Allen, Don Earl, MoMM1c

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Last Rank
Petty Officer First Class
Last Primary NEC
MO-0000-Motor Machinist/Oiler
Last Rating/NEC Group
Motor Machinistmate/Oiler
Primary Unit
1941-1943, MO-0000, USS Pompano (SS-181)
Service Years
1939 - 1943
MoMM - Motor Machinistmate/Oiler
One Hash Mark

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Home State
Year of Birth
This Military Service Page was created/owned by Michael Williams, DC3 to remember Allen, Don Earl, MoMM1c.

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Casualty Info
Home Town
Flint, MI
Last Address
Cuyahoga Falls, OH

Casualty Date
Sep 17, 1943
Hostile-Body Not Recovered
Other Explosive Device
Pacific Ocean
World War II
Location of Interment
Honolulu Memorial - Honolulu, Hawaii
Wall/Plot Coordinates
Court 5 (cenotaph)

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 Additional Information
Last Known Activity

USS Pompano (SS-181) left for her patrol on 20 August 1943, heading towards the Japanese coast. She was never heard from again and is presumed to have been lost to enemy mines. Motor Machinist's Mate, First Class Allen was listed as Missing in Action and later declared dead 4 January 1946.

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USS Pompano (SS-181)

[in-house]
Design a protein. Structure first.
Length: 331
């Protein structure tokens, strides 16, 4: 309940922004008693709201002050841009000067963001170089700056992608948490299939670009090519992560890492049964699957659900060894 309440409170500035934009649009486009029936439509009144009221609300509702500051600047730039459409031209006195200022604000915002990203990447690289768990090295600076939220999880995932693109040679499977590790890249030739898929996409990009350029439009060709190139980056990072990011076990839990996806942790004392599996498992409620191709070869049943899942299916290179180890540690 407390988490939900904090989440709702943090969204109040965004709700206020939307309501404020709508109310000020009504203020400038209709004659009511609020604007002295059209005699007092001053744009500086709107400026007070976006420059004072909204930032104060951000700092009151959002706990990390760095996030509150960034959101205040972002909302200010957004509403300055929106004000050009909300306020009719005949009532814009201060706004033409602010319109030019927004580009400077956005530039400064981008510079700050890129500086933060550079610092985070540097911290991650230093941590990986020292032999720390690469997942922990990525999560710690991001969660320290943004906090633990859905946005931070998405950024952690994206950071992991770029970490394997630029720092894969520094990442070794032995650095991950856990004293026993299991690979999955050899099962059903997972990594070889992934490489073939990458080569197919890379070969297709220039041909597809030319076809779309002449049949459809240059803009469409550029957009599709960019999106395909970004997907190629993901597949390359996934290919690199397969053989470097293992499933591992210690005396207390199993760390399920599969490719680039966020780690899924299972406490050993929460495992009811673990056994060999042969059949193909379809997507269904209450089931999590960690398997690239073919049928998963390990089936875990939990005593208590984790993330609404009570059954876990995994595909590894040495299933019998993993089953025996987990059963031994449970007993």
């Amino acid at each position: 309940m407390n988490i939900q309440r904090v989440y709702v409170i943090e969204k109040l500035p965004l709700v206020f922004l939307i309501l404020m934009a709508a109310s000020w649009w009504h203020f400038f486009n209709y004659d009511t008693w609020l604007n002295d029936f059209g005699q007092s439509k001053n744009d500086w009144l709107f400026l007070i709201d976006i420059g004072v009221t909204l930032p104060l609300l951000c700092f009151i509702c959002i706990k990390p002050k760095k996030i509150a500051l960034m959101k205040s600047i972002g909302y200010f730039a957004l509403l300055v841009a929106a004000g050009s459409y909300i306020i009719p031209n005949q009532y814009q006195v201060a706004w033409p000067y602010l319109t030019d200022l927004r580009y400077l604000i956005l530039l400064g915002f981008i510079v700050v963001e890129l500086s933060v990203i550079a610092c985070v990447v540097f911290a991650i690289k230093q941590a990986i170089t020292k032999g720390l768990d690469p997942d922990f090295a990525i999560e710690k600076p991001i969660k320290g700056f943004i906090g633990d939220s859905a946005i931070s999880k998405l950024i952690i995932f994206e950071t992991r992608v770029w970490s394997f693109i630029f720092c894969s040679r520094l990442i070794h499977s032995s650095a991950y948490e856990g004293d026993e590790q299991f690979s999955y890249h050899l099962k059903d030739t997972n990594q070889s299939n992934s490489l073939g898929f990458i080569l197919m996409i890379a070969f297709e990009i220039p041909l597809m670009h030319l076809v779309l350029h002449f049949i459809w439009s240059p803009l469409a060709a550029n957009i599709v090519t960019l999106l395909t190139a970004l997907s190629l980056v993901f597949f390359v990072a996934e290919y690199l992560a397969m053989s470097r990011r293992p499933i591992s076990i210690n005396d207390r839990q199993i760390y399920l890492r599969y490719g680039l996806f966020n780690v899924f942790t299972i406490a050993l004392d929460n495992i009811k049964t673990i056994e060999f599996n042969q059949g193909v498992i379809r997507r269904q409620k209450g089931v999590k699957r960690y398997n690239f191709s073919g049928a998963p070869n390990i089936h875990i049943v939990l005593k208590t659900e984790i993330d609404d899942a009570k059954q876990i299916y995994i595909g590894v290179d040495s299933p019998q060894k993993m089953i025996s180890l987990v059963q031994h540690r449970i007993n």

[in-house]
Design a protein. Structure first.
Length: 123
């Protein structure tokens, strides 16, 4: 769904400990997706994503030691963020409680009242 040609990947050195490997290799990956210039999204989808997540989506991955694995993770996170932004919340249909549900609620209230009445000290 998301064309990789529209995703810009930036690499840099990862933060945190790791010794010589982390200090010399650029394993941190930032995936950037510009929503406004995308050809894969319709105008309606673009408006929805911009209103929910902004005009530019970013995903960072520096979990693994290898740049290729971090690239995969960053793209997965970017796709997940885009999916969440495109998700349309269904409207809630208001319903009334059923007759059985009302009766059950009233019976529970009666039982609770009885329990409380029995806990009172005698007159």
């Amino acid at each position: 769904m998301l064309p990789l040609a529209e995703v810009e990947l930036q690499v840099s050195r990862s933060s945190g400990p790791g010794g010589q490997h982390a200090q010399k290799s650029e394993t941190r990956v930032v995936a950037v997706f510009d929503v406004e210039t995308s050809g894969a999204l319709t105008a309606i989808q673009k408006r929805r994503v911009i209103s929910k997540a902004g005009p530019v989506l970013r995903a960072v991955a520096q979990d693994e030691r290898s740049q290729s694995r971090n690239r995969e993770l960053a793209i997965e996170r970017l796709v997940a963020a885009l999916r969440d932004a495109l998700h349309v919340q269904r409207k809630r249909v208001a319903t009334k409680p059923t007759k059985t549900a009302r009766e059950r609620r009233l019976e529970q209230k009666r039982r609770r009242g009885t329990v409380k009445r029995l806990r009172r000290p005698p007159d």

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End Year


USS Pompano (SS-181), a United States Porpoise-class submarine, was the second ship of the United States Navy to be named for the pompano.
Her keel was laid down on 14 January 1936 by the Mare Island Navy Yard in California. She was launched on 11 March 1937, sponsored by Mrs. Isaac I. Yates, and commissioned on 12 June 1937, Lieutenant Commander Lewis S. Parks in command.

Although the fate of the Pompano has been unknown for years, new evidence from Japan suggests it may have been hit by depth charges from members of the Japanese Navy following an oil slick on top of the water — which they took as an indication there was a submarine below. A possibility is that she was sunk on September 17, 1943, by a bomb and depth-charge attack in the Shiriyasaki Sea, off Aomori Prefecture, at northeast Honshu Island, by a Japanese seaplane and surface vessels. The seaplane spotted and attacked a surfaced submarine, which returned gunfire. Oil rose to the surface after the attack. Consecutive depth-charge attacks were then made by five surface vessels on the submerged submarine, which was stopped and possibly sunk. A Tabular Record of Movement for one of the Japanese surface vessels indicates the submarine was possibly the Pompano. 


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Dec 27, 2018
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